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In this way with Homer contrives to give a great idea of the Grecian army, by introducing Priam fpeaking magnificently of the armies he had for- merly feen in Phrygia, but at the fame time acknowledging it far fuperior to them (q), () AHMHT. AA. J. v( Homines ad Deos nulla . (0} re propius acccdunt, quam ft- lutehominibusdanda. Pro Ligar. ia* (/) Illud ingcnium, quod folum populus Romanus par perio fuo habuit. (q) *HJ>) cj Controv. lib. i. >4{t oe'mSfcio, By - Of the 28 By tajle PART of I. the fame means, an Italian poet reprefents which he Venice^ as greater celebrates, than "Rome.

IF an author's main fubject is deftitute of it may be rendered grand, innate grandeur, by comparing or fomeway afTociating it with objecls grandeur and fublimlty. 27 fuch. By the fame means objects naturally the real greatnefs of a fubjeft is increafed. SECT. II. Hence metaphor, comparifon, and imagery are often productive of (ublimity (n). Cicero raifes Ctefars idea of clemency, by reprefent- ing it as Seneca (p) gives a fub- godlike (o). lime idea of Cicero's genius, by comparing it with the majefty and extent of the Roman empire.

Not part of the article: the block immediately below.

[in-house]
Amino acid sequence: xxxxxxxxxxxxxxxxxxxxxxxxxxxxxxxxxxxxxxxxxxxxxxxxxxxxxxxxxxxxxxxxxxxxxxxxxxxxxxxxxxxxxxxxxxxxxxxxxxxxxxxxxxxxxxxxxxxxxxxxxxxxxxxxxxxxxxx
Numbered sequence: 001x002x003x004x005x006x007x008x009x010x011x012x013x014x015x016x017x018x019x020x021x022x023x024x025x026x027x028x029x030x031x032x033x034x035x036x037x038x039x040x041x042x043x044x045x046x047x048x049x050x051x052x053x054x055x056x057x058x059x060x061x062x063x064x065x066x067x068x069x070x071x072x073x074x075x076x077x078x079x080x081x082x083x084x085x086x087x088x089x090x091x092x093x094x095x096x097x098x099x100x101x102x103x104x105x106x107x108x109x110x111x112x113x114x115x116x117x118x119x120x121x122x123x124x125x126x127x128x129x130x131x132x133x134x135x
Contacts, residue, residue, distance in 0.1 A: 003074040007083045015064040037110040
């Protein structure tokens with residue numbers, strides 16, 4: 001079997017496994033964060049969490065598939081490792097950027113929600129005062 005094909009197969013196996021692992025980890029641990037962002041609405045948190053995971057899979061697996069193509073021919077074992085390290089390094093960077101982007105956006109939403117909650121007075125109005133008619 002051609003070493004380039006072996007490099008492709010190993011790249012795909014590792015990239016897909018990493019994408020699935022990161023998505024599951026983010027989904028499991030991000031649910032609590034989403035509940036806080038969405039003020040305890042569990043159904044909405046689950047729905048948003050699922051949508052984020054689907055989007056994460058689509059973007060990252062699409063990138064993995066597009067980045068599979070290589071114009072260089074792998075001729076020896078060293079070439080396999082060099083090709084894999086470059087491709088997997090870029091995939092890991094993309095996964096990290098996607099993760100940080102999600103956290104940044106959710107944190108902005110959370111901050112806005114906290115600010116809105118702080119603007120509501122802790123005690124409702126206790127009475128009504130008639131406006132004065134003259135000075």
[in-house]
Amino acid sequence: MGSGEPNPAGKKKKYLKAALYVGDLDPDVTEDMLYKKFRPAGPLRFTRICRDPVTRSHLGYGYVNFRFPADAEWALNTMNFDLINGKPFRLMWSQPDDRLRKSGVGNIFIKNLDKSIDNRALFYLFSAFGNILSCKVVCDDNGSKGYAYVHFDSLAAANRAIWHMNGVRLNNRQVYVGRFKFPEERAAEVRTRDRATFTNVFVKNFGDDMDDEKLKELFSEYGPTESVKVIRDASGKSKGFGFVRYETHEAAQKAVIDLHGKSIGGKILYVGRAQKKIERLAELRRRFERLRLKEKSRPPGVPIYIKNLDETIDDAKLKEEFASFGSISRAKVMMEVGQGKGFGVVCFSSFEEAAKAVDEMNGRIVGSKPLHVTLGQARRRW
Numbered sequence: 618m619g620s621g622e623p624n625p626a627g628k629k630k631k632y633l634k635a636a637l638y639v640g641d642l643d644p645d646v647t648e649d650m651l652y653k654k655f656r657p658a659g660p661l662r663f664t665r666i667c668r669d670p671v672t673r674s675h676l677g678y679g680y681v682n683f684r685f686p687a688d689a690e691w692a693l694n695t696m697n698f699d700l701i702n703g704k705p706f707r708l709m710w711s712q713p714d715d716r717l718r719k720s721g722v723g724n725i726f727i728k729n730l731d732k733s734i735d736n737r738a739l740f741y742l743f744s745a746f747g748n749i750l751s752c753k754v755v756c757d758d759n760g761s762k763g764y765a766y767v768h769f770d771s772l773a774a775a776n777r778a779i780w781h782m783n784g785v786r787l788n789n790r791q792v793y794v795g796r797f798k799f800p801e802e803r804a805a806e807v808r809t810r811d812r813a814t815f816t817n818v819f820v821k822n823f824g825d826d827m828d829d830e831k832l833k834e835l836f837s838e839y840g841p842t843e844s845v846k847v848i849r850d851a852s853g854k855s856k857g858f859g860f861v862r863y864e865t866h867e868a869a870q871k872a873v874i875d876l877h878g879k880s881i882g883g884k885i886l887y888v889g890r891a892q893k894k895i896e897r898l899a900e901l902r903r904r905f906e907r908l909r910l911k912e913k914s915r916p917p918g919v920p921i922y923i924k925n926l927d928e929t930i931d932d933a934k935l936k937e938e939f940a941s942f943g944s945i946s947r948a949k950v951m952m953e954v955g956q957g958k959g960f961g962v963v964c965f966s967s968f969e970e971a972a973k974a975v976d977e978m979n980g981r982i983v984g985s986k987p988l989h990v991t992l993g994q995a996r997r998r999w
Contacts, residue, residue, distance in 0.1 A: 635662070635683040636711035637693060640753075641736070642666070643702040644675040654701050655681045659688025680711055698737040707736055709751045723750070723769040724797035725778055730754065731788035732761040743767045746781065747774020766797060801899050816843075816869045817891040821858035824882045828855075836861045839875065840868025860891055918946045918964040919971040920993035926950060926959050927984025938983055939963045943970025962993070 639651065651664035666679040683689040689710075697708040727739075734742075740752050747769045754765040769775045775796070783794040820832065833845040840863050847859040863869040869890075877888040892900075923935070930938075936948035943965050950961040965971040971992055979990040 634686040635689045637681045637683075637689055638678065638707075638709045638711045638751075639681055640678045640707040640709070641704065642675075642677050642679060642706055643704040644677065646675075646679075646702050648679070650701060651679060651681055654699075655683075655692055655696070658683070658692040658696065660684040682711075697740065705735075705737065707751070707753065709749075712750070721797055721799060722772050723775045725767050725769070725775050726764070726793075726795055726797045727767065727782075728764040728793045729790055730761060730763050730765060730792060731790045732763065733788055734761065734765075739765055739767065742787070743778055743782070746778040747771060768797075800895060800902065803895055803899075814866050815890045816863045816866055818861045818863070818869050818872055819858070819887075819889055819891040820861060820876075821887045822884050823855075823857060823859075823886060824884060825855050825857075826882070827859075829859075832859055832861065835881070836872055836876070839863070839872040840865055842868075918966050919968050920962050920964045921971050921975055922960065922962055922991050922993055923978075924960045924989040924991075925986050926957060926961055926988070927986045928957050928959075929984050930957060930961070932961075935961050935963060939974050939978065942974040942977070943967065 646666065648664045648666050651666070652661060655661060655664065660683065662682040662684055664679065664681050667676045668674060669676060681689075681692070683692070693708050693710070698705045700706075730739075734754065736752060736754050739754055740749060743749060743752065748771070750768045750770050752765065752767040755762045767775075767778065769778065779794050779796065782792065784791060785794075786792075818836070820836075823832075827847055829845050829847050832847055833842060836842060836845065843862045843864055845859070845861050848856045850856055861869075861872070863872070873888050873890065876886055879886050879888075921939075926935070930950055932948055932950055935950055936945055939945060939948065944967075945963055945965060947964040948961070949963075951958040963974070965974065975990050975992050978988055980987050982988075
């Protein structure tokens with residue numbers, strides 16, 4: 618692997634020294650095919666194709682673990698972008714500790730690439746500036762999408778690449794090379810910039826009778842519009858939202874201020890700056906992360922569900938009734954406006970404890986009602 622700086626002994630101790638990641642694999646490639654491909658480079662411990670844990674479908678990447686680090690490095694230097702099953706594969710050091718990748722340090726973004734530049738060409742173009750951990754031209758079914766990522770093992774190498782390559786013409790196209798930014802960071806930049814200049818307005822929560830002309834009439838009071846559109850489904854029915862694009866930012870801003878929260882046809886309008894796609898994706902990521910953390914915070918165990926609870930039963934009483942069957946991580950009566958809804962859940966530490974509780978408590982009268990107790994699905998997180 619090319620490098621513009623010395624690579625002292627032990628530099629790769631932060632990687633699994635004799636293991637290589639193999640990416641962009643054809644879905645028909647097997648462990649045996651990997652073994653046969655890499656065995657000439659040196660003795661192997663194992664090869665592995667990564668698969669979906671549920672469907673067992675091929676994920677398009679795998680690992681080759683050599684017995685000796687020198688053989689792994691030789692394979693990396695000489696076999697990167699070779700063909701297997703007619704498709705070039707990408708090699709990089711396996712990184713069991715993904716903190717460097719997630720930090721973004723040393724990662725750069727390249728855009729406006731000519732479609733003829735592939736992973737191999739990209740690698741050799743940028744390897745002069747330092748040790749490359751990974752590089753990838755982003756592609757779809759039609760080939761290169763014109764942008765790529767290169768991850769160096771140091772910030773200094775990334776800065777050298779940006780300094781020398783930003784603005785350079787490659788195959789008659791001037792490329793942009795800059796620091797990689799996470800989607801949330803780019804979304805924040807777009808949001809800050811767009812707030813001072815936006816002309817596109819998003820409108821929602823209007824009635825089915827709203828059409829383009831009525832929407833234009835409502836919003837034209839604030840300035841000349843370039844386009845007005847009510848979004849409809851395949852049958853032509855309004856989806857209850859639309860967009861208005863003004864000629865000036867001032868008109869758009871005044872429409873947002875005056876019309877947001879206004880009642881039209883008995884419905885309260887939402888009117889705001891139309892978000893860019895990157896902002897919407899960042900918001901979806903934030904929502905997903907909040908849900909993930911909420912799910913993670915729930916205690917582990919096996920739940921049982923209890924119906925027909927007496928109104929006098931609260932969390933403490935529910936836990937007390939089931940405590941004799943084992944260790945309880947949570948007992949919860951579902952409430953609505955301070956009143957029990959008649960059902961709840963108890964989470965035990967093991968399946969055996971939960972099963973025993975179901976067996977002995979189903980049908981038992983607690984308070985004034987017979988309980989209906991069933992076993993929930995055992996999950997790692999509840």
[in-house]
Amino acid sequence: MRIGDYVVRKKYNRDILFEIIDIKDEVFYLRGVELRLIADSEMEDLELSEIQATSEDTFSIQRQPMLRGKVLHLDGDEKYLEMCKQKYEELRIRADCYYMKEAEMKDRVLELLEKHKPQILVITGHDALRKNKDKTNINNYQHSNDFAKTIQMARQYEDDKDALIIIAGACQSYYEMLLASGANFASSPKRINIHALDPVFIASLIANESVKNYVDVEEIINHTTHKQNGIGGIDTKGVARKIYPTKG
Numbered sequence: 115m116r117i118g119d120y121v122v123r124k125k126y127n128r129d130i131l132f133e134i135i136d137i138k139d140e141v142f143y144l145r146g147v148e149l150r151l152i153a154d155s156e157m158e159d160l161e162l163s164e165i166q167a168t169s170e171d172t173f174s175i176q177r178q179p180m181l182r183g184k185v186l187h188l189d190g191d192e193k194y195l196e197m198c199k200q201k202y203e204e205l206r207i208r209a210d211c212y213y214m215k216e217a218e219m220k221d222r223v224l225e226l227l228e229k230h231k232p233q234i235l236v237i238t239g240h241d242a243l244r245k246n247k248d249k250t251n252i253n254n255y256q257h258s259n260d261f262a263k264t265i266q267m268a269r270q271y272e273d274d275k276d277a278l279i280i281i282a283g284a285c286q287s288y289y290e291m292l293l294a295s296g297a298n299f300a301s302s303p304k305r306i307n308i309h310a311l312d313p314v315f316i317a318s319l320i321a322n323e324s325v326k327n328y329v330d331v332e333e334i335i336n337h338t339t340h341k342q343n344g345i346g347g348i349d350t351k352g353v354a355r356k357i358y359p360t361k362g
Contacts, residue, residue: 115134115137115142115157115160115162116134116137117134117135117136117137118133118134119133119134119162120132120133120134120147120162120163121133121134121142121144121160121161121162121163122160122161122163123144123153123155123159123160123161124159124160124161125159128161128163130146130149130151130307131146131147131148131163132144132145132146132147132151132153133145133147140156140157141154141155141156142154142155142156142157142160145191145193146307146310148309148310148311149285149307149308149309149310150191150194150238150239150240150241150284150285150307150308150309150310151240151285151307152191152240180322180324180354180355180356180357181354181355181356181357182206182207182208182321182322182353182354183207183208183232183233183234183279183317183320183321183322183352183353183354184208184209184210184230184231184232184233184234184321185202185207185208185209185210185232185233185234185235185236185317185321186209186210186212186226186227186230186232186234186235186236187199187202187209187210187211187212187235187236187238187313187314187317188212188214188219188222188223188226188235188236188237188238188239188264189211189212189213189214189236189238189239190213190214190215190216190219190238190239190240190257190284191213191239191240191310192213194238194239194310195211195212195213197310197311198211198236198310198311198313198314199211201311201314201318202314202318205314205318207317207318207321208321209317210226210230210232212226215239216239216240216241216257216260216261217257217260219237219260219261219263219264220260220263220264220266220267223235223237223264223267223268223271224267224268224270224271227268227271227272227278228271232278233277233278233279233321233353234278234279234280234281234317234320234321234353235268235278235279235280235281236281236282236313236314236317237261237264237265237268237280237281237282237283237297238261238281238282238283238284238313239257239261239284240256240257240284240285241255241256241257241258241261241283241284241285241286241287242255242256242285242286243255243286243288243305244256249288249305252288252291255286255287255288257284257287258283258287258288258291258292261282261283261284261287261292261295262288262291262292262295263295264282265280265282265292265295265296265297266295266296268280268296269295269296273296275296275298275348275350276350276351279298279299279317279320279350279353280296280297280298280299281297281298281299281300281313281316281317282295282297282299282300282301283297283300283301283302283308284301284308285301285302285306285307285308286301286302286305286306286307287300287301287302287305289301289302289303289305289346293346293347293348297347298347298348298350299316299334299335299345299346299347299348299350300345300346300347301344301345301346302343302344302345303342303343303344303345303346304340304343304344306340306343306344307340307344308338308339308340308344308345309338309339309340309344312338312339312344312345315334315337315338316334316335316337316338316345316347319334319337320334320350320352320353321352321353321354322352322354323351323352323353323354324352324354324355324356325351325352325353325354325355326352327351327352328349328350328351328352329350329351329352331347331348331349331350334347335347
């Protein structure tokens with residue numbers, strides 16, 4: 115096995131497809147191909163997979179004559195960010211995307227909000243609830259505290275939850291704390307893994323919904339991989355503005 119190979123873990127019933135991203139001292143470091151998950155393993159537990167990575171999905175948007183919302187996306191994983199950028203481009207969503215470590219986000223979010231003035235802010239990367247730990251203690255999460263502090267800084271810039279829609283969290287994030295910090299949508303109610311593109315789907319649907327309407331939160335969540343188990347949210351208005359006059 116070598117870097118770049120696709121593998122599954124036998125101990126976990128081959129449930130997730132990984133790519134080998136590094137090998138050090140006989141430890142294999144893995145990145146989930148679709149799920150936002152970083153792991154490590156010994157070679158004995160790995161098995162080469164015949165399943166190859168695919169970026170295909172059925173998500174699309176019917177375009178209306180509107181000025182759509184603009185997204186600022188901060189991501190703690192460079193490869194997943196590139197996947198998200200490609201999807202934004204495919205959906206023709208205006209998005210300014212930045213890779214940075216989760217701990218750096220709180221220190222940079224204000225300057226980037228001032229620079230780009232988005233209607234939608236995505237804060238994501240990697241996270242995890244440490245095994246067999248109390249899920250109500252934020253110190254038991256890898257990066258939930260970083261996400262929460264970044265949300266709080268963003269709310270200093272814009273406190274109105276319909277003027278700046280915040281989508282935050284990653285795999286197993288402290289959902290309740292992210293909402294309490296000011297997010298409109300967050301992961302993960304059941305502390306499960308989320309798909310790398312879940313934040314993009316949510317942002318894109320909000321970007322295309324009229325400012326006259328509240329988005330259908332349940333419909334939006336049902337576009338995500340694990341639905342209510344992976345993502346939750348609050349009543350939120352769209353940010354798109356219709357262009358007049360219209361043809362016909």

E merit Of the ta/lc of 50 ment and fagacity, and of fuccefsj feeling Part imitation. I. includes the pleafant the recognizing refem- blance, in confequence of comparifon, augAnd when the imiments our pleafure (e). tation intended, our admiration of the (kill is and ingenuity of the artifl diffufes itfelf over the effect from which that Ikill is inferred, and compleats the delight which the work infpires. HENCE the rapture with whichaconnoifleur beholds the capital performances of the eminent matters in painting or fculpture.

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